The Buffalo Bills released rookie punter Matt Araiza on Saturday night. At worst, the allegation contained in a civil lawsuit filed Thursday that Araiza, a former San Diego State star, participated in the gang rape of a 17-year-old last October is proven true and there will be many questions about how the university, the San Diego police and those who are supposed to vet players in the NFL let Araiza go unscathed for 10 months. At best, Araiza was the cliché every team hopes to avoid as the season is about to start: a devastating distraction. The Bills could not afford to put up with even the best-case scenario.
There is almost certainly much more to be learned about the Bills' response to Araiza -- about what they knew of the alleged incident, about how deeply they pursued answers, about whom they relied on for their information and investigation. NFL franchises are not investigative bodies -- as Buffalo general manager Brandon Beane noted during a news conference Saturday announcing the move, teams don't have the means to pull all the facts together -- but past cases tell us that teams often seek answers from people who will tell them what they want to hear.
Maybe the Bills tried harder than that. By their own account, they first learned of the allegation in "late July" -- about a month ago -- when the alleged victim's attorney spoke to one of the team's lawyers. The Bills say they began the process of looking into the situation then and tried not to rush to judgment. They initially made no move to distance themselves from Araiza; he practiced and played in the first two preseason games, earning widespread acclaim for an 82-yard punt in Buffalo's preseason opener and becoming the team's starting punter after the release of veteran Matt Haack on Monday. Then the allegation hit the headlines on Thursday, when the lawsuit was filed and the Los Angeles Times wrote about it. Araiza traveled with the team to Bank of America Stadium in Charlotte, North Carolina, for Buffalo's preseason finale against the Panthers on Friday night but ultimately did not play in the game, with Bills coach Sean McDermott saying in his postgame news conference that it was his decision: "At the end of the day, I didn't feel it was right to do that." On Saturday, Beane said Araiza's version of events was different than the one the Bills received from the accuser's attorney, adding that the team still had not pieced everything together.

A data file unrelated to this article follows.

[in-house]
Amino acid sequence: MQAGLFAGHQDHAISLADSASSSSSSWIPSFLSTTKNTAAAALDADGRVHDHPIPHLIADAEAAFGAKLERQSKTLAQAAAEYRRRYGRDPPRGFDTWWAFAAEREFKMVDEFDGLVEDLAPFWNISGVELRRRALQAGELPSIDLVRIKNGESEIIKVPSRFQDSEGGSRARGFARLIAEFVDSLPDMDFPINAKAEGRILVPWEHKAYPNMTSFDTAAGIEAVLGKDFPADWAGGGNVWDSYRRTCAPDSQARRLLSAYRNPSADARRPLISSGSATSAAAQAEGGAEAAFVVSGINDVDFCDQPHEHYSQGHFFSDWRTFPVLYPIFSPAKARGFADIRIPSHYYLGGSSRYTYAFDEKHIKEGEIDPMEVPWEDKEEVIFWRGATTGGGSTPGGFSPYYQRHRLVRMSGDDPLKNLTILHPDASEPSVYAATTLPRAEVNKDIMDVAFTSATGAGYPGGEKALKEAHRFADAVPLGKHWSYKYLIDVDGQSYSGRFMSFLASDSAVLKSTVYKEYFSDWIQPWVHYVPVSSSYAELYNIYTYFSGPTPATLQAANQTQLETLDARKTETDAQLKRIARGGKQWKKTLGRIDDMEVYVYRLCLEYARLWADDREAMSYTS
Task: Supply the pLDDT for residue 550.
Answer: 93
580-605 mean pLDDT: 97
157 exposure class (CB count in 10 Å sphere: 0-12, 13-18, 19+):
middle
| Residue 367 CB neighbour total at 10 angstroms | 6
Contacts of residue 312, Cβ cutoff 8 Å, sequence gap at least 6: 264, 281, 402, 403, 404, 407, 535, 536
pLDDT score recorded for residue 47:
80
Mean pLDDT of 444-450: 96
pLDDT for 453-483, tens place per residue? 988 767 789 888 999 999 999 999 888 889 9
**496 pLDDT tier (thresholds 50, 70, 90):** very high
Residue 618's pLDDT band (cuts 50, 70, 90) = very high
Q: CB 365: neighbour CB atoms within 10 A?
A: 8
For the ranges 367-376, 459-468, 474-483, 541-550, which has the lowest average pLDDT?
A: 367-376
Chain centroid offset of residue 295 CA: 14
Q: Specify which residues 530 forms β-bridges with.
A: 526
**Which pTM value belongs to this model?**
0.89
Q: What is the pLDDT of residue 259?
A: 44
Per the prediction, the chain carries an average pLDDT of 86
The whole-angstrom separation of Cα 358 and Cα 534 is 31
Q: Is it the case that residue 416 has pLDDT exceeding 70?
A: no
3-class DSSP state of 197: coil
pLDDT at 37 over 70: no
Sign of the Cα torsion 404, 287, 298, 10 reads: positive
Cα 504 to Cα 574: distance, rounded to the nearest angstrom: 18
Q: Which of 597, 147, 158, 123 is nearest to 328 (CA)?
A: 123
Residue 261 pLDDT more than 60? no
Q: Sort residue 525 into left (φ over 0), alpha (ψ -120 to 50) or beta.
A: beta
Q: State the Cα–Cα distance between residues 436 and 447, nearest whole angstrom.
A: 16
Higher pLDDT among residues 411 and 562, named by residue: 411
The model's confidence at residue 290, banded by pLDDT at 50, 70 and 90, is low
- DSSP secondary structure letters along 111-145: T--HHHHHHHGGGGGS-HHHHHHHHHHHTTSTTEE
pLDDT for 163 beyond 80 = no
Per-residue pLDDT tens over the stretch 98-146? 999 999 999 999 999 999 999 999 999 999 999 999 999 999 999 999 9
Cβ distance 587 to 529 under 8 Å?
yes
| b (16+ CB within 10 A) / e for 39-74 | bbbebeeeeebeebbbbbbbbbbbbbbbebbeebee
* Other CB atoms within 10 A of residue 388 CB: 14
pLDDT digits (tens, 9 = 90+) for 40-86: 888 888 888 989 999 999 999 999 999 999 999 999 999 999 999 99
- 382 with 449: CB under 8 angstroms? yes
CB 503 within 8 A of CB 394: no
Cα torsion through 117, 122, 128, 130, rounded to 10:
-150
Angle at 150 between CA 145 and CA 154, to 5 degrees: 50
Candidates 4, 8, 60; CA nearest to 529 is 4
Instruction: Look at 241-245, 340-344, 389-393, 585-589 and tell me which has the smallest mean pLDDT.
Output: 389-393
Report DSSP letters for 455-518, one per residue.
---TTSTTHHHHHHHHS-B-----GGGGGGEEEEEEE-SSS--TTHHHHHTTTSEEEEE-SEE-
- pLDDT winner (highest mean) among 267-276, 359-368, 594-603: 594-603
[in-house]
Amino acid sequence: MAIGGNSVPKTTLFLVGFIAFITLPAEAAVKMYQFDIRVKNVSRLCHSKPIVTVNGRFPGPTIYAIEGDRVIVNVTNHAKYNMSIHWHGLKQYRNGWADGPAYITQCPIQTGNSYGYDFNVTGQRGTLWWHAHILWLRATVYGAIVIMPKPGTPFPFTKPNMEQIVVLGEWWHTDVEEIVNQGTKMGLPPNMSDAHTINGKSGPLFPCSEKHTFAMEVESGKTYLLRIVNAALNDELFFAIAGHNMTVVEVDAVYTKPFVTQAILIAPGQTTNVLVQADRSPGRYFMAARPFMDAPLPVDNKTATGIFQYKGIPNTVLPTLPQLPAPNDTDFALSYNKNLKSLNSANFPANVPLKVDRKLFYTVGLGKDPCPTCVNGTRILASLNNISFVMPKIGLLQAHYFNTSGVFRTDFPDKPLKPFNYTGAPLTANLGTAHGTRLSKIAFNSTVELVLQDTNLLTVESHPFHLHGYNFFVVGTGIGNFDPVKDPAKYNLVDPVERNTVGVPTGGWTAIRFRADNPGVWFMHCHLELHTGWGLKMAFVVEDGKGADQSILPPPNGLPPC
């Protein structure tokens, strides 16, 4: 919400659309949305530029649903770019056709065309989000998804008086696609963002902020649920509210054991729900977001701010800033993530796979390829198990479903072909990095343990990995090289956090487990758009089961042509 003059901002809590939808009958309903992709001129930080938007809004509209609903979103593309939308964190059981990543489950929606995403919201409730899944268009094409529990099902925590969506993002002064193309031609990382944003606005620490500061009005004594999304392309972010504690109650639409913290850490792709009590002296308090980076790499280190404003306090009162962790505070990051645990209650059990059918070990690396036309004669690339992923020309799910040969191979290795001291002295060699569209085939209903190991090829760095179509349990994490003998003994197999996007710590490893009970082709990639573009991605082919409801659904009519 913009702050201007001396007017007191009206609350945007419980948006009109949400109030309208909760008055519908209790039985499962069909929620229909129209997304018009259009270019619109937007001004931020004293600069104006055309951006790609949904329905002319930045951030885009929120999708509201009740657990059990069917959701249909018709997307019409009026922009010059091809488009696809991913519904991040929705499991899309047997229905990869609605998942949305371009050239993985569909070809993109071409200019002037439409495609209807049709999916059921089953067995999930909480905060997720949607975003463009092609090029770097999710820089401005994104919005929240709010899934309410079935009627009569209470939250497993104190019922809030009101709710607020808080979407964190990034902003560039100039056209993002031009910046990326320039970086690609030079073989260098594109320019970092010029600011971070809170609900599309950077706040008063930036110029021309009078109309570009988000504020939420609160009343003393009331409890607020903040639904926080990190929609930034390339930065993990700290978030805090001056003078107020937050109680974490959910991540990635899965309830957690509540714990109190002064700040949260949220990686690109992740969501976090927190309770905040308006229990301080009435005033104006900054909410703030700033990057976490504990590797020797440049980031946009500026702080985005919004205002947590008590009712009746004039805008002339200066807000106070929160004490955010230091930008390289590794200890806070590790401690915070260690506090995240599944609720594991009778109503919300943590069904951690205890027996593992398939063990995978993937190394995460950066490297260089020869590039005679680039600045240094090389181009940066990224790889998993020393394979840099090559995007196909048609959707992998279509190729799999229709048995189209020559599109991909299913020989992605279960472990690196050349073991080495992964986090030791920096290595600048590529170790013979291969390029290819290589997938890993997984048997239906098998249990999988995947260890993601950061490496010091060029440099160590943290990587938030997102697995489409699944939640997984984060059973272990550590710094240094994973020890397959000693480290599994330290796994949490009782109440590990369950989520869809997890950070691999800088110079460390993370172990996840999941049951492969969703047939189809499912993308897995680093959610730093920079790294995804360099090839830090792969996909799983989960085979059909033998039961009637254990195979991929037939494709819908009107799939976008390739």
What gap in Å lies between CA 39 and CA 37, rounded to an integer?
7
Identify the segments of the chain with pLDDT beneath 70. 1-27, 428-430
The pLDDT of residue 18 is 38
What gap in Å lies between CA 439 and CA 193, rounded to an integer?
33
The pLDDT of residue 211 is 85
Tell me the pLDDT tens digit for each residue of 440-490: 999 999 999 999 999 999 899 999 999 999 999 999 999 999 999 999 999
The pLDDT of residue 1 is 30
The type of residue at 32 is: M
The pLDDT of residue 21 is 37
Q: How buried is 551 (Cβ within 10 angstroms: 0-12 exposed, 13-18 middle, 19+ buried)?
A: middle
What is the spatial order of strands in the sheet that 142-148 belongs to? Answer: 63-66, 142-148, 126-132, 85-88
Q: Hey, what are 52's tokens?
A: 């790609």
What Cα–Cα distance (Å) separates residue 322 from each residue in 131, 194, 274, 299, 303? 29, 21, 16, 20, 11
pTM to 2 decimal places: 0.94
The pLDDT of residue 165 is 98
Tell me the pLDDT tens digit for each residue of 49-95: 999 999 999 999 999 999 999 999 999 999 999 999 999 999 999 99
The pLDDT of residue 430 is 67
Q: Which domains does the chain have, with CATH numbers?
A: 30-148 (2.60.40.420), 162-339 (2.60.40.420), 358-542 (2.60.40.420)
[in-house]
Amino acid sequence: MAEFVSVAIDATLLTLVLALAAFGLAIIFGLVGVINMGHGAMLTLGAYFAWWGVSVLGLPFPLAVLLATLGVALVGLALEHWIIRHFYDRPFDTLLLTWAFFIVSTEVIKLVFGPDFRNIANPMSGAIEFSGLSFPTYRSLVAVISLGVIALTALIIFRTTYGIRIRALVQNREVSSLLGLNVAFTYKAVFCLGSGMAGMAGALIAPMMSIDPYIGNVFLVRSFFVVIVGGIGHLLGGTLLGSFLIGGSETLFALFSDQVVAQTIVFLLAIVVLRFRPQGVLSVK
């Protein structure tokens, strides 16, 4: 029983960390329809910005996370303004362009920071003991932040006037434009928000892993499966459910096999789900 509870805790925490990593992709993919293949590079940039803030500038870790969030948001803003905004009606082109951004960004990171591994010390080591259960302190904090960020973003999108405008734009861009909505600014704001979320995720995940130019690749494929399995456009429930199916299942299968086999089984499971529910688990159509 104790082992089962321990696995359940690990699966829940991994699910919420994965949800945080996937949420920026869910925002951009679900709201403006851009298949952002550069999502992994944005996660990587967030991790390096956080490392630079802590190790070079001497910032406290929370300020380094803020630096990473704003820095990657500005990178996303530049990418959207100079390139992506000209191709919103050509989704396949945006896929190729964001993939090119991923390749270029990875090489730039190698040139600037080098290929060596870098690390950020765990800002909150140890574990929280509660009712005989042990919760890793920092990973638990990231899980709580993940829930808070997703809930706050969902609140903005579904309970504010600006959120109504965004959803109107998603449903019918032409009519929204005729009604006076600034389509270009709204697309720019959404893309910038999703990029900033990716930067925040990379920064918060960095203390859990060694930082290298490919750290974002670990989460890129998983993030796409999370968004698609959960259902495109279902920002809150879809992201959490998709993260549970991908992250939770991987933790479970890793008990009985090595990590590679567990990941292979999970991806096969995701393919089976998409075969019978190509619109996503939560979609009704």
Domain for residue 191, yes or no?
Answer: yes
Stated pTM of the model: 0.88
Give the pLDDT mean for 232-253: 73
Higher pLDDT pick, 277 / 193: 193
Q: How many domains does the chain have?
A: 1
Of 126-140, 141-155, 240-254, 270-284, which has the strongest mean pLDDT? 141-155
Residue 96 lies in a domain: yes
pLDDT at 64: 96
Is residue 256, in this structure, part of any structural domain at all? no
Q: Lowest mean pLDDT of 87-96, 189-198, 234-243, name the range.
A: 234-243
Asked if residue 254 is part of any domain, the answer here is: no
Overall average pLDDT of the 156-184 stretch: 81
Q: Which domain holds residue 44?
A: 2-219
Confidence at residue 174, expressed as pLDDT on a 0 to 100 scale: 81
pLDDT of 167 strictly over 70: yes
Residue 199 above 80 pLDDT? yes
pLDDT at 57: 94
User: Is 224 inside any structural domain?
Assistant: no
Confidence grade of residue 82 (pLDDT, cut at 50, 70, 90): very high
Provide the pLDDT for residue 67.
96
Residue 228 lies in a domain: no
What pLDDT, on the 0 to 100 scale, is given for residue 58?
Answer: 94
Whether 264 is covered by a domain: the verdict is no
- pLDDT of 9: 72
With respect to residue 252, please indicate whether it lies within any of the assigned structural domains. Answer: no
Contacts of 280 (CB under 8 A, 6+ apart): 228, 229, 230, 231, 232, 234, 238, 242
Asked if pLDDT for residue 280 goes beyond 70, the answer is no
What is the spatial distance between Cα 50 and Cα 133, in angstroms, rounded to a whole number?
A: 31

Still, whether it was new information or public outrage that informed their decision, the Bills did the right thing in releasing Araiza. That alone, given the offseason of Deshaun Watson, is a nice change of pace. It was also the easy decision. Araiza certainly has the right to defend himself, and the Bills have the right to protect their franchise from a disturbing accusation. But boil this down to football math, which is ultimately the most cynical but also most important calculus in the NFL: Araiza is a punter -- and while he is very good at punting, he is also a rookie, a sixth-round draft pick, with no track record of NFL success and without an enormous contract the Bills will have to pay.
The Cleveland Browns deserve all the scorn they’ve received for their embrace of Watson. As a strictly football matter, though, having a franchise quarterback with a lot of moral baggage is still -- to the Browns, at least -- having a franchise quarterback, which is most definitely not the same as having a punter. It's nothing to celebrate, but like it or not, pro sports teams -- like all businesses -- regularly contort themselves to accommodate their most vital employees.
The Bills are strong Super Bowl contenders this season. To invite the tumult and distraction Araiza would have brought to Buffalo as this lawsuit plays out would have been ludicrous. One look at Beane and McDermott in the last two days tells you how much of their emotional and intellectual energy was exhausted on Araiza's situation. That is not where a team wants its leadership spending its time with the season about to begin.
The bottom line on Araiza is that even the best punter is not vital enough for a team to hope everyone will eventually forget a hideous allegation. He is, simply put, replaceable.
Beane said Saturday night that the Bills' culture is more important than winning games. That might very well be true. And the scales might tip more dramatically toward culture because punters rarely directly win games anyway.